Ferrari joystick steering patent 2019

Does Ferrari joystick patent suggest supercars without steering wheels are on the way?

Will this new steering idea stick with Ferrari drivers?

FERRARI is looking to reinvent the steering wheel with its future supercars and grand tourers, if a recent patent is anything to go by.

The Maranello-based car maker has designed an all-new way to control its high-performance production vehicles, according to the document, published by the United States Patent Office. Instead of using the tried-and-tested steering wheel, Ferrari’s plans involve a fighter jet-style joystick control attached to the driver’s seat.

The aircraft-derived control isn’t for a new range of flying cars but what Ferrari calls a “simpler and more intuitive” control method for vehicles based on terra firma.

A car controlled with a stick instead of a wheel will be especially beneficial on highways and the motorway, according to the patent, “thus limiting the active intervention of the driver as much as possible.”

The patent doesn’t go into great detail on how such a system will work, though in one scenario outlined, when the driver lets go of the joystick, the steered wheels automatically realign in the straight-ahead position. In the other variant of the system, the joystick doesn’t self-centre when the driver lets go, meaning the car will continue on its current course unless the driver intervenes.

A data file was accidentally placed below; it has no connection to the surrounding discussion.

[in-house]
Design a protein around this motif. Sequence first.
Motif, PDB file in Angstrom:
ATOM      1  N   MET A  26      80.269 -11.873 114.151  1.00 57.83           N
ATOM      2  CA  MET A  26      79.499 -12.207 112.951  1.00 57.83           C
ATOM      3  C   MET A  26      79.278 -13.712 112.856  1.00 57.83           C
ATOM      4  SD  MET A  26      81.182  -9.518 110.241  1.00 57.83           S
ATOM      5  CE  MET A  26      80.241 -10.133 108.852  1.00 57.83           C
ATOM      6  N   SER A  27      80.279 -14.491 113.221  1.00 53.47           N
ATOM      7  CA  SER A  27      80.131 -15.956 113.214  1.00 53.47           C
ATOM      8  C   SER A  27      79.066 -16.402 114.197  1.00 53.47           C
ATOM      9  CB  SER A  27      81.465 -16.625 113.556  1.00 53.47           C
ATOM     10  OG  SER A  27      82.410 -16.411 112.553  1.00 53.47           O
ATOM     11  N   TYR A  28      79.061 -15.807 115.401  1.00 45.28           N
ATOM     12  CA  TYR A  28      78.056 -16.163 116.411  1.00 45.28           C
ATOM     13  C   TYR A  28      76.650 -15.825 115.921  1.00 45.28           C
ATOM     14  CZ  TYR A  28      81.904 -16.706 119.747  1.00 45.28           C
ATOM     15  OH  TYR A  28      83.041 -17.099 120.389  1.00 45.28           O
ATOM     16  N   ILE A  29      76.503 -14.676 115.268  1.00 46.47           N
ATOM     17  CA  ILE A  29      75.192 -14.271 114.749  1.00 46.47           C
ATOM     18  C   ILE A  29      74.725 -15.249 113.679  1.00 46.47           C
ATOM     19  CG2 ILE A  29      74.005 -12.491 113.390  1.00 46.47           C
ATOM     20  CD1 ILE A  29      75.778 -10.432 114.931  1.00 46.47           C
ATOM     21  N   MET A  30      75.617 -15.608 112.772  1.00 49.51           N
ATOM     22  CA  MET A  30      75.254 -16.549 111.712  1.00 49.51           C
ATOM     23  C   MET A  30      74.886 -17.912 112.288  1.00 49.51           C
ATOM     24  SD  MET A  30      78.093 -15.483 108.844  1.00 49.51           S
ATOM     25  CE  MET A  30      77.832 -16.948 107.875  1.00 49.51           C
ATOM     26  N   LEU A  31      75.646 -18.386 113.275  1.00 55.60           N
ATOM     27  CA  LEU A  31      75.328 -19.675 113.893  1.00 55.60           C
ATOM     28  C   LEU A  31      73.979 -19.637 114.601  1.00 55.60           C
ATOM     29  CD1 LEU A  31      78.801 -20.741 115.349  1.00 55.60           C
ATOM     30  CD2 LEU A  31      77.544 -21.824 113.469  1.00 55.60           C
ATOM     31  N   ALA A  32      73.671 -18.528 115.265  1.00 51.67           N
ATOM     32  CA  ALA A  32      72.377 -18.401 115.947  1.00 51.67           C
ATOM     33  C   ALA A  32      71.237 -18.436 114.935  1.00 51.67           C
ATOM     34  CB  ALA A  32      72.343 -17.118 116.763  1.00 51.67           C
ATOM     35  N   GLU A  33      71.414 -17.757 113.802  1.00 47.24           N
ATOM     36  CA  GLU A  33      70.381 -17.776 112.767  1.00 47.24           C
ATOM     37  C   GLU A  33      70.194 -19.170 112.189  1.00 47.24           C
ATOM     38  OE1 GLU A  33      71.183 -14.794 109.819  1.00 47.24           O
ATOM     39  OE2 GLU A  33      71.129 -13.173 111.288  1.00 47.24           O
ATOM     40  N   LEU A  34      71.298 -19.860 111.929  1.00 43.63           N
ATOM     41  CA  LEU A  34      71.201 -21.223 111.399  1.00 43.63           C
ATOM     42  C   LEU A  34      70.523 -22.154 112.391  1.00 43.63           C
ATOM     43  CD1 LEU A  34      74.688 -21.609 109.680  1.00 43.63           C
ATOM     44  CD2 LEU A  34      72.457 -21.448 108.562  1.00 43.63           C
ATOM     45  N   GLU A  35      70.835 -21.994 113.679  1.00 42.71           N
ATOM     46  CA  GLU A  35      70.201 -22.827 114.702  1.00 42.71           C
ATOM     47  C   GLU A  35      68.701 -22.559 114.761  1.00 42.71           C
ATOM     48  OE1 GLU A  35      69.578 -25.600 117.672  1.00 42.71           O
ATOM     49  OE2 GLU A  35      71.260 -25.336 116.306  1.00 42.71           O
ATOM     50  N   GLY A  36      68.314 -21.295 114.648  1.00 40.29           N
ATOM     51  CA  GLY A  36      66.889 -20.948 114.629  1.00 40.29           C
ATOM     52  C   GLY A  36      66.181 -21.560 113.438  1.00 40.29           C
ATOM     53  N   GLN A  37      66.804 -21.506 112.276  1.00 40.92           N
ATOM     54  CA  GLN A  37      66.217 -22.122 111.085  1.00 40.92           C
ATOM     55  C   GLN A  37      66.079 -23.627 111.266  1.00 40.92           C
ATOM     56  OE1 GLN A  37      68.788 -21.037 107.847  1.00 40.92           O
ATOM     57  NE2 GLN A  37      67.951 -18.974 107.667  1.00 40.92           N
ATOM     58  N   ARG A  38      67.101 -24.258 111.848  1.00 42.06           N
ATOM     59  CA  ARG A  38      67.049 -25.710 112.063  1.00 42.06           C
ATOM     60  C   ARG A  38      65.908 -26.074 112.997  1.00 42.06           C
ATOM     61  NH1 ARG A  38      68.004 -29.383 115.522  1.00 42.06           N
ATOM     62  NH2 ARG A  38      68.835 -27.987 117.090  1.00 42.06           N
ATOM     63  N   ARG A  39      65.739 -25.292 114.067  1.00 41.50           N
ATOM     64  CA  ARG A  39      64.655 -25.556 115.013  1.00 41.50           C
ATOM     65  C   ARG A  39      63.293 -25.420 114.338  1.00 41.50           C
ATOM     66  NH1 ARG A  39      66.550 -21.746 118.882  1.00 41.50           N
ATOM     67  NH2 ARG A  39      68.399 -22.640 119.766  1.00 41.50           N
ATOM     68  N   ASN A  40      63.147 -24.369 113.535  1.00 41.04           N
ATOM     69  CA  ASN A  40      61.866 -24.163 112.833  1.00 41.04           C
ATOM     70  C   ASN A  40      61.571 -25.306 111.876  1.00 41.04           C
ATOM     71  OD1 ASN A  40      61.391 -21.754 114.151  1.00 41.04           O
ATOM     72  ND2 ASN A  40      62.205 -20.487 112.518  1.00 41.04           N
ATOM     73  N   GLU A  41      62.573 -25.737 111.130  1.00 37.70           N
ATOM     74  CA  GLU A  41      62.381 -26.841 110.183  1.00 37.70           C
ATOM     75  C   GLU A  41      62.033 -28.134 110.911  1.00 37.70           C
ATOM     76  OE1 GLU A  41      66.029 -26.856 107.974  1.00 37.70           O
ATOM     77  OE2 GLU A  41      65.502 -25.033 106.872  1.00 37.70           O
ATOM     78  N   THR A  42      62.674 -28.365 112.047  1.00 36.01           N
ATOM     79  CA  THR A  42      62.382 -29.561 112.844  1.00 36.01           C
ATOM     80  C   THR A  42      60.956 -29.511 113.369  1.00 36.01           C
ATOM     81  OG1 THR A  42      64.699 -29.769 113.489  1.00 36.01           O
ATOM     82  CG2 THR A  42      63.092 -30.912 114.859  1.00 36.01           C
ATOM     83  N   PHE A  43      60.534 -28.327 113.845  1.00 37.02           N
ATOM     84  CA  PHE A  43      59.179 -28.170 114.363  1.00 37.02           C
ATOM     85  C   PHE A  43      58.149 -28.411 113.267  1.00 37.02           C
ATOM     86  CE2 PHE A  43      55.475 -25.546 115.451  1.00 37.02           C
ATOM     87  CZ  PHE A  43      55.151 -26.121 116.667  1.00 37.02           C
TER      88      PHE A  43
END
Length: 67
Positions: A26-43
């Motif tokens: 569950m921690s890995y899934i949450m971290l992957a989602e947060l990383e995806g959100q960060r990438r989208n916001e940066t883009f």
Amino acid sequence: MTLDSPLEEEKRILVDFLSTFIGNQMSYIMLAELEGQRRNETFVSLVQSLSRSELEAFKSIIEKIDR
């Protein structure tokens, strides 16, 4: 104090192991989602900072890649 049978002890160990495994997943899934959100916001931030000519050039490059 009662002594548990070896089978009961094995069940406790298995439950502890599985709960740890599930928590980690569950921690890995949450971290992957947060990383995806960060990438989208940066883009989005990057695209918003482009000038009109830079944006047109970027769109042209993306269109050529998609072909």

As explained in the patent summary, controlling the car’s speed and direction of travel can work in similar principles. One of the two “preferred variant” solutions sees the vehicle’s speed dictated by how far forward the stick is pulled back or pushed forward; for example, if the Ferrari were to have a top speed of 200mph, pushing the joystick halfway forward would mean it would travel at around 100mph.

In the other system, which isn’t too dissimilar to how throttle and brake pedals in your own car works, the rate of acceleration and deceleration is determined by the angle of the joystick. For example, a shallow angle will slowly speed the car up or slow it down, and a maximum angle is the equivalent is flooring the throttle or slamming on the brakes as if you were doing an emergency stop.

Regardless of how the system will work if Ferrari ever decides to put it into a production car, the joystick array has supposedly been designed to work with a variety of powertrains, from conventional combustion engines to pure-electric and hybrid setups. Considering Ferrari makes repeated references to the joystick systems’s regenerative braking potential, it’s more likely than not any car that Ferrari fitted with a seat-mounted stick in place of a steering wheel would be a  hybrid or pure-electric vehicle.

If Ferrari’s previous history with unconventional patent technologies is anything to go by, however, it’s unclear if this will ever see the light of day as a real device. In 2014, the prancing horse filed a patent for a two-cylinder petrol engine that, at the time, fuelled speculation the company could have been considering a foray into motorcycles. So far that hasn’t come to fruition.

Joystick controls for cars are nothing new. The 1954 Ford FX Atmos concept featured one, as did Mercedes’s F200 Imagination concept of 1996 and Saab’s Prometheus concept in 1993. However, no production car has done away with the tried and tested steering wheel since it replaced tillers as the primary way to control the wheels, in the very early days of motoring.

And Ferrari’s joystick is only the latest of many far-fetched ideas for which car makers file patents, just in case it later turns out to be a real game-changer. In 2015, Jaguar Land Rover filed a patent for eye-operated windscreen wipers, and a Toyota patent from 2019 showed the company had devised a tear gas dispenser to deter wannabe car crooks.

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